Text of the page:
implementation will be discussed in relationship to business reengineering and
organizational development. The final section will draw a conclusion from the
discussion and some important points concerning the political dimension of ERP

To begin with, BPR is the fundamental rethinking and radical redesign of business
processes to achieve dramatic improvements in critical, contemporary measures of
performance, such as cost, quality, service and speed (Hammer and Champy, 1993, p. 32).
Improving their performance dramatically, the authors suggest, companies should look for
alternative ways of doing things to secure outcome of the process rather than improving its
efficiency. Several isolated tasks should now be integrated into some main business
processes and completed by teams consisting of individuals across departments in the
organization. Once processes reengineered, workers will have opportunities to make
decisions because they are now responsible for the outcome of those processes and pay
more attention to customers.
In essence, BPR should be carried out in connection with specific business strategic
vision. Xerox, for instance, develop its process redesign by taking the perspective of the
customer and developing systems. Westinghouse, another example, redesigns its business
process to improve product quality (See Davenport and Short, 1999). The authors say that
each vision implies specific objectives for process redesign. In their research, they found
that the objectives are classified into cost reduction, time reduction, output quality, and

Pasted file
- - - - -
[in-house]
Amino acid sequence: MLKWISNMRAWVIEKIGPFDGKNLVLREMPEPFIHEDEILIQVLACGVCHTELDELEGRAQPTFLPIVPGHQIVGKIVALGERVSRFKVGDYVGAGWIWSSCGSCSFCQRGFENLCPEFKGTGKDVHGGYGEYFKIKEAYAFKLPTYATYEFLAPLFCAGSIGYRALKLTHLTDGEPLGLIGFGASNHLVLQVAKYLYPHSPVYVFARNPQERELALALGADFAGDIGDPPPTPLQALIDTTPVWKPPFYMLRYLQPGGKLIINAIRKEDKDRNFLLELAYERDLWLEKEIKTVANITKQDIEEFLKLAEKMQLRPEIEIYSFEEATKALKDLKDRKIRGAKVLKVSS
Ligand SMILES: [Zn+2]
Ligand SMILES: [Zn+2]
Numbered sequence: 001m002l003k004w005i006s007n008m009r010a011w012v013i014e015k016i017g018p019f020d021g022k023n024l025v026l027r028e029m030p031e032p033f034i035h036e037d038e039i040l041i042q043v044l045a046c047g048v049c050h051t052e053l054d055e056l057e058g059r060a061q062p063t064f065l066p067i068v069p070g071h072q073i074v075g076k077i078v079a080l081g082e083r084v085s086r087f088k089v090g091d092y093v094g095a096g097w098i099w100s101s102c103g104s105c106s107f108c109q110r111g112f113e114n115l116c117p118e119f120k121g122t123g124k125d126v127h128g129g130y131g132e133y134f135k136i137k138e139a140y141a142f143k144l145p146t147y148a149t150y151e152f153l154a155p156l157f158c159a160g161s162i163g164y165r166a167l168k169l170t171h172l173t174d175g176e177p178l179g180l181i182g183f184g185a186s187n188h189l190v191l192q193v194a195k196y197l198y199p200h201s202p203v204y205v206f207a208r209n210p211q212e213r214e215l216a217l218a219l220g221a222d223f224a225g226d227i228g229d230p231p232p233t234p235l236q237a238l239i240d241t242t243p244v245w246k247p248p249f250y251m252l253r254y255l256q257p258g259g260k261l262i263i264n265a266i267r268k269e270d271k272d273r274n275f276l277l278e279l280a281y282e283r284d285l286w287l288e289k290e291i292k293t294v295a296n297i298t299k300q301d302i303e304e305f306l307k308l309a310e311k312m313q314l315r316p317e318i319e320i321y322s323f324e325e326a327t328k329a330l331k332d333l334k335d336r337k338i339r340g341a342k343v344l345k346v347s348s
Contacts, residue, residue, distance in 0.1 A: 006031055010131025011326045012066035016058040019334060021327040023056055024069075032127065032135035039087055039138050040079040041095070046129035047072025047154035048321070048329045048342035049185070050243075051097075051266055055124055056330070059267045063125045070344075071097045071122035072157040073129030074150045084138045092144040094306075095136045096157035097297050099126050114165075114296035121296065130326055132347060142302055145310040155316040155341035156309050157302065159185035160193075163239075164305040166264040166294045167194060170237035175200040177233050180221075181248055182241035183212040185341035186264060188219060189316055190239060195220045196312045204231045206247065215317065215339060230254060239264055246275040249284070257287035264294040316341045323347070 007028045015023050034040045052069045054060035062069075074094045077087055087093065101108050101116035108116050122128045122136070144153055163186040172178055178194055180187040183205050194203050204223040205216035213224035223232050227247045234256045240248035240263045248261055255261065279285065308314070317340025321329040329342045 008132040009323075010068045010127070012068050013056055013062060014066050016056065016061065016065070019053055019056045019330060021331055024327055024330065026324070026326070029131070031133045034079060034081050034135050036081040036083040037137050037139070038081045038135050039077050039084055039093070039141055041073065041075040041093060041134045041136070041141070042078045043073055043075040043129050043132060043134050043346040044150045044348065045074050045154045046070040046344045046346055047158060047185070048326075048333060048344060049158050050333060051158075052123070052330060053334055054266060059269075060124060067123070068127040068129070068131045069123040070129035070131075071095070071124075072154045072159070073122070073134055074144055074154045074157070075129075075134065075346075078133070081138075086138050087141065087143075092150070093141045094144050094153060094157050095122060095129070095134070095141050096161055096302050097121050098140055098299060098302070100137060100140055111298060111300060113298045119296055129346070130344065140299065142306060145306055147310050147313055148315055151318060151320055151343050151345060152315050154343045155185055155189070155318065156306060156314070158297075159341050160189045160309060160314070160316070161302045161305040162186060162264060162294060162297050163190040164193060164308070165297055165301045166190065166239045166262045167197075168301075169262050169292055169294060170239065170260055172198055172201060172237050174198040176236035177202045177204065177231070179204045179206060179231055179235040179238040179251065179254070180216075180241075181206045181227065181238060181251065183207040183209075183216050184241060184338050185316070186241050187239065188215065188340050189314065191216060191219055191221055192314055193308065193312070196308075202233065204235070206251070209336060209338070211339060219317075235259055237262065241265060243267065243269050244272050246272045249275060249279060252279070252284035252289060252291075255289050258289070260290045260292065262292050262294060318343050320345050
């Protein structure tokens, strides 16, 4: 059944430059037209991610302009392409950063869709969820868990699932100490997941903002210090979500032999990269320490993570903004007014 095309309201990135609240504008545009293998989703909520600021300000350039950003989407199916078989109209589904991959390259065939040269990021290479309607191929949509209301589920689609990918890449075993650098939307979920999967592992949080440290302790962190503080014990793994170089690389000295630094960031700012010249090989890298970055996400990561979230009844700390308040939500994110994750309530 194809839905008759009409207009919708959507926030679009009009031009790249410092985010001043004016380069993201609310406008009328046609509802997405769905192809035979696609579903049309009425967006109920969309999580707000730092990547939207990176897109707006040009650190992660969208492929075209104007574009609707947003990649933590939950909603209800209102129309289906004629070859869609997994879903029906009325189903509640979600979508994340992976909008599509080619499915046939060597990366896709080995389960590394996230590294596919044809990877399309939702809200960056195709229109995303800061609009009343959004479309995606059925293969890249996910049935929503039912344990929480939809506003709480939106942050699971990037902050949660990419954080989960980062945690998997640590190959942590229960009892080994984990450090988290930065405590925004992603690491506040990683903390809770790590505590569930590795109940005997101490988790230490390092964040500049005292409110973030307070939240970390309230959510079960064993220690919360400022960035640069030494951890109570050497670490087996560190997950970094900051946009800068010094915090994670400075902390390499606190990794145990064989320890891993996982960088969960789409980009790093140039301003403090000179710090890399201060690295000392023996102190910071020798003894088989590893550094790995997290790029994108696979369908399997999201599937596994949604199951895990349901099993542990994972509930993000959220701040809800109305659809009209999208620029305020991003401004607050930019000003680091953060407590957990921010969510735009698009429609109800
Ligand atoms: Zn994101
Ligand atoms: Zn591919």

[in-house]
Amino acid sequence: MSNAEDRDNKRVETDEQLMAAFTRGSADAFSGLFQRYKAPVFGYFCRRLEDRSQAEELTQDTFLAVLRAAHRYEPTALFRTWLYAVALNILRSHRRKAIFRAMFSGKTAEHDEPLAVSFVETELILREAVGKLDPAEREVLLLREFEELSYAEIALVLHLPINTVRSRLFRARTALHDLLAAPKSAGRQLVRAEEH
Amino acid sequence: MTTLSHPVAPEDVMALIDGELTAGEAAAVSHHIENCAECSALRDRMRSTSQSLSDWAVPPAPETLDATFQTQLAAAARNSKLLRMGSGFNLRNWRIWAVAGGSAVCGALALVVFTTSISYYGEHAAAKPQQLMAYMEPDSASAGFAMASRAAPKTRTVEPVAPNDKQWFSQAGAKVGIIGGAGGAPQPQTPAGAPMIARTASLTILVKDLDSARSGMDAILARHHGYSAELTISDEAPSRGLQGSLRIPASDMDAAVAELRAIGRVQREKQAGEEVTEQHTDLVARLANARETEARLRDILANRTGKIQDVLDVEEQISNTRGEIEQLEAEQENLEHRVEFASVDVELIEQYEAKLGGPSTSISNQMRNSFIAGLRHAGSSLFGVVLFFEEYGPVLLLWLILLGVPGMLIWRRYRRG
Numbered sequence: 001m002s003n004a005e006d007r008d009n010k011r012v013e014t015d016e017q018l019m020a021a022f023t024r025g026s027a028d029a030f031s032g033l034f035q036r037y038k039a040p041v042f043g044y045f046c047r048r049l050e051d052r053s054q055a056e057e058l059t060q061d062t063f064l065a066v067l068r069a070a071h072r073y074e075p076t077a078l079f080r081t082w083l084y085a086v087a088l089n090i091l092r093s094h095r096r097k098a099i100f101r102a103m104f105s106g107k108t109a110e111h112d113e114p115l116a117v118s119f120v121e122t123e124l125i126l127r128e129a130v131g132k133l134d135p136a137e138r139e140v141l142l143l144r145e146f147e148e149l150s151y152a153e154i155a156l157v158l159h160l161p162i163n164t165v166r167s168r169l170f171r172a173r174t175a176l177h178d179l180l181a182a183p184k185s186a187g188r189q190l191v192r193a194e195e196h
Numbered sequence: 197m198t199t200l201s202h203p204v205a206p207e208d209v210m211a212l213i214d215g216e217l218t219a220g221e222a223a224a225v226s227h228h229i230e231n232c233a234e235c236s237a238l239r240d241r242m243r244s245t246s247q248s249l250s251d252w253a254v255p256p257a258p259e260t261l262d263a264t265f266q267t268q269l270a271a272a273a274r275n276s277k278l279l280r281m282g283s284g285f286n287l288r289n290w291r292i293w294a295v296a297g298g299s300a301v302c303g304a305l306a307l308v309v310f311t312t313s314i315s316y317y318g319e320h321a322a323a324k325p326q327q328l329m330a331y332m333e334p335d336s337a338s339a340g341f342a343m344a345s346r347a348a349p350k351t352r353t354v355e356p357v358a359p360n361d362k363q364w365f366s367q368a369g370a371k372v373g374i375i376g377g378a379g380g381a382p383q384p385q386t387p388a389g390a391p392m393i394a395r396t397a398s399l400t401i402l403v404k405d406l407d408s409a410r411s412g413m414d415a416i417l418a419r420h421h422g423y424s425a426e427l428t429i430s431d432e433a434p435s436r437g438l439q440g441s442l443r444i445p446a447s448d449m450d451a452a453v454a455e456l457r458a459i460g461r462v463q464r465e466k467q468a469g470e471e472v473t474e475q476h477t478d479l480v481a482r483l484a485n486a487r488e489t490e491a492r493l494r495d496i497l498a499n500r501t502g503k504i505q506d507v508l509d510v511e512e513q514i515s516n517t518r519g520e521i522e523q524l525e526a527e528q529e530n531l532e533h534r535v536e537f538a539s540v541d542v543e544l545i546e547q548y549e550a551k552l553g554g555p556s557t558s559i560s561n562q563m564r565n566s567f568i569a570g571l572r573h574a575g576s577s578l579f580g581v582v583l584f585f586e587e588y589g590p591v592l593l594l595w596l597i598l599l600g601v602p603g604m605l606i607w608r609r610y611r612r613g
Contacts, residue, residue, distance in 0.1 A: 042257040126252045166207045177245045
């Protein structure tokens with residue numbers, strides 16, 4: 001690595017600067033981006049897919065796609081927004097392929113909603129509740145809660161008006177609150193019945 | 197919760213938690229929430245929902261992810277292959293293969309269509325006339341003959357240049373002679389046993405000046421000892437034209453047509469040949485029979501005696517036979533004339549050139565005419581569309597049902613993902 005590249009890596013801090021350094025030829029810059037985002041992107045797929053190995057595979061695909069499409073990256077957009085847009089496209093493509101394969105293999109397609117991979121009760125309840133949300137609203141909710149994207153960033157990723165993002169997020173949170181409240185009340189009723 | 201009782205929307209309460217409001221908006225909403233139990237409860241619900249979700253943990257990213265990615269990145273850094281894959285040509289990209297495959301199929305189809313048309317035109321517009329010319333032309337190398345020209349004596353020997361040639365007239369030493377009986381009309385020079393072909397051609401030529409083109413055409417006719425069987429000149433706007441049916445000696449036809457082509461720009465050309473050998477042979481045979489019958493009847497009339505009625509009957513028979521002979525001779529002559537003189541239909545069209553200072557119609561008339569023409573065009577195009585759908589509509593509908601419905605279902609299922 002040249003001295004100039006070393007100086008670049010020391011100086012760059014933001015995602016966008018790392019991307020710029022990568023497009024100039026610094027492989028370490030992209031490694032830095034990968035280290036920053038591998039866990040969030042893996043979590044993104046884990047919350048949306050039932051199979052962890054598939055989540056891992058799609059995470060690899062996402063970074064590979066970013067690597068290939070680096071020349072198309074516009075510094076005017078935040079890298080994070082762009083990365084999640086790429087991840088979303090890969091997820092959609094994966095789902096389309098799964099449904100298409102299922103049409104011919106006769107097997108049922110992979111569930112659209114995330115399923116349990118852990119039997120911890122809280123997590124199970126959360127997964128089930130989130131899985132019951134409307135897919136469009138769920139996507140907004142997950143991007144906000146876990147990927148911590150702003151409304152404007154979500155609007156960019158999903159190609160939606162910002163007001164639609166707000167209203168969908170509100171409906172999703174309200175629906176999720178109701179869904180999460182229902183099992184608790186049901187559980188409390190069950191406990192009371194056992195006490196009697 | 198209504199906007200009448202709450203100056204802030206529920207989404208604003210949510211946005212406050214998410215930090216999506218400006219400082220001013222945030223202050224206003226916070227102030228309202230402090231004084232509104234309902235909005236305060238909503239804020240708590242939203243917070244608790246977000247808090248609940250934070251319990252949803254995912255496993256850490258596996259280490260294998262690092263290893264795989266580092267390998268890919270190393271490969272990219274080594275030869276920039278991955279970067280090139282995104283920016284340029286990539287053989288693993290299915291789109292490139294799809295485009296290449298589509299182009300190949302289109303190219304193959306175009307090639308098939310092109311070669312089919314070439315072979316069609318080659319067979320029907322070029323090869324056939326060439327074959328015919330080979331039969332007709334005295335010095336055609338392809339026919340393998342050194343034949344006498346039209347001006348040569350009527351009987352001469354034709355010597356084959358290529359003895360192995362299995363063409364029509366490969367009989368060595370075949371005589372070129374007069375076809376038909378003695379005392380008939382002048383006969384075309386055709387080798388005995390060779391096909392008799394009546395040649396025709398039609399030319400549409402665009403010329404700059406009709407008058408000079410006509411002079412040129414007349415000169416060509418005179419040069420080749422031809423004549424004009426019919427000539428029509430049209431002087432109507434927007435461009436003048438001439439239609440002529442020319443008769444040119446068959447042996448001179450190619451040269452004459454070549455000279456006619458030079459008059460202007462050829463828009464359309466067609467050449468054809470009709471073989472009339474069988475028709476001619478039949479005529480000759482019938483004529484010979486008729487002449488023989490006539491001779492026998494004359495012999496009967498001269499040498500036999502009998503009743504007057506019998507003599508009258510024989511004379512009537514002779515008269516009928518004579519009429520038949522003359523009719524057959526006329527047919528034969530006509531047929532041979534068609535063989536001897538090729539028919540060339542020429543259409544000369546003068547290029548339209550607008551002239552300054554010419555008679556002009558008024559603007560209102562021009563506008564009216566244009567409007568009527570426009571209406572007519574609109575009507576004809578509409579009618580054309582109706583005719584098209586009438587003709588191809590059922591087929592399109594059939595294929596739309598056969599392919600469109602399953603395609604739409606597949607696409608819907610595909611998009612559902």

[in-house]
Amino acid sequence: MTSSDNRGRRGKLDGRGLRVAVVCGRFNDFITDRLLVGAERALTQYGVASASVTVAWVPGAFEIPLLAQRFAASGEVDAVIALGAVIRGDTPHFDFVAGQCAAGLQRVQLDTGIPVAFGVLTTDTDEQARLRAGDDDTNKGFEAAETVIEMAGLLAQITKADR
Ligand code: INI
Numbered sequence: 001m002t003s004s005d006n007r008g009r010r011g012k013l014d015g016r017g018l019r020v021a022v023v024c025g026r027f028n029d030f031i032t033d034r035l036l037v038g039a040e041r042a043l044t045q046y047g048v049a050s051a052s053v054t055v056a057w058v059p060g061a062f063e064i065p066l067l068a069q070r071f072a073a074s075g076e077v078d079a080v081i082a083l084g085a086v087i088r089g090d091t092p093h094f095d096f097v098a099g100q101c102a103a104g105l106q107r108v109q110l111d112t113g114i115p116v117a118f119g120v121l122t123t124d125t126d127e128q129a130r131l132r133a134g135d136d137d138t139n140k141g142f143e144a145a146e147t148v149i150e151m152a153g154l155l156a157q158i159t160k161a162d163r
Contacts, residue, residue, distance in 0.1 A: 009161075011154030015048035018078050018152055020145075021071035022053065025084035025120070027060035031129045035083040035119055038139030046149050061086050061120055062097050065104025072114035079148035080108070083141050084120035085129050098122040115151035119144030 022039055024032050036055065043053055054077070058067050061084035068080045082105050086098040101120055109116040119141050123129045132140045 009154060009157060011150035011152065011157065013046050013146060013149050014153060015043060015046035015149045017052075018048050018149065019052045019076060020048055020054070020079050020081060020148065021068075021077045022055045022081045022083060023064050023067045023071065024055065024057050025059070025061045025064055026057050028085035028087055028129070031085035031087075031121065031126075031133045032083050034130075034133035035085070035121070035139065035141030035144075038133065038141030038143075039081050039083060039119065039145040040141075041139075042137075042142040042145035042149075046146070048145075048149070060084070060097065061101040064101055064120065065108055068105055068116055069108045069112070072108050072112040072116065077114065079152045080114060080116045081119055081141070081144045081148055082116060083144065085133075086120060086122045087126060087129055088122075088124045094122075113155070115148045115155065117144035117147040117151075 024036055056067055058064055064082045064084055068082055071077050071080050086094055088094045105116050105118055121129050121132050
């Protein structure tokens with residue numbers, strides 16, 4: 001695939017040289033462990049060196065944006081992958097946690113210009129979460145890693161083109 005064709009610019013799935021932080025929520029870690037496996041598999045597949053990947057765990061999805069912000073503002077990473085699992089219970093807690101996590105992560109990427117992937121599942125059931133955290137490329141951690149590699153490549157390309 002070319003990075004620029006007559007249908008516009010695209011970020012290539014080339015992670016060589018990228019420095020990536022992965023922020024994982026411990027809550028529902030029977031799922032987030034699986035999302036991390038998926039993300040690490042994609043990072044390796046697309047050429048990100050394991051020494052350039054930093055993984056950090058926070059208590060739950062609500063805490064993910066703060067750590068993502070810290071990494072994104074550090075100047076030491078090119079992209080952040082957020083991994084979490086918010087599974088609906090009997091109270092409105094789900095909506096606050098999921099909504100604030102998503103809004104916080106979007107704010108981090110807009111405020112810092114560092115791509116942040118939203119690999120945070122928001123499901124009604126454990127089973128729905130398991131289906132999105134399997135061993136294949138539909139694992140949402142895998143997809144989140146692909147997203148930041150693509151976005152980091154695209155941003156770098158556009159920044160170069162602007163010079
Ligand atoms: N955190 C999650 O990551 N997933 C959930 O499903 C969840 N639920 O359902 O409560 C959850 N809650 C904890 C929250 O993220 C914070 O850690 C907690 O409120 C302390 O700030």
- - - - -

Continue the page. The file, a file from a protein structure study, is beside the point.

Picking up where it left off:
quality work of life.
BPR is considered as a powerful concept to improve organizations performance
since it uses the power of information technology (IT). Hammer and Champy (1993)
suggest that IT is an essential enabler of the reengineering. The authors admit that a
company that cannot change the way it thinks about information technology cannot
reengineer (Hammer and Champy, 1993, p.82). IT should not be seen as merely a medium
for automation, but it can also be used to challenge long held business assumptions. They
cite that IBM Credit was very successful in its reengineering project because it redesigned
business processes and used sophisticated software to deal with the credit process in its
business reengineering project.
In addition, Davenport and Short (1990, p.12) suggest that IT and BPR have a
recursive relationship because each is the key for thinking about the other. Thinking
about information technology should be in terms of how it supports new or redesigned
business process, rather than business function or other organizational entities.
With respect to the role of IT in process reengineering, ERP, as an integrated
software application for organization purposes, seems to offers a possibility for companies
to achieve reengineering objectives. ERP attempts to integrate all departments and
functions across a company into a single system. This system is designed to solve the
fragmentation of information and serve different needs in large business organization (Koch
et al., 1999).
One of the ERP systems that widely used in the world is SAP R/3. This application
comprises of most common functions in a major corporation including manufacturing,
finance, sales and distribution, and human resources. SAP is an on-line system and it uses
one database for all data to avoid duplication. There is a clear definition of every data item
because it is supported by a data dictionary. SAP functionality lies on customization ability
to customers requirements. It is open systems and designed for client-server architecture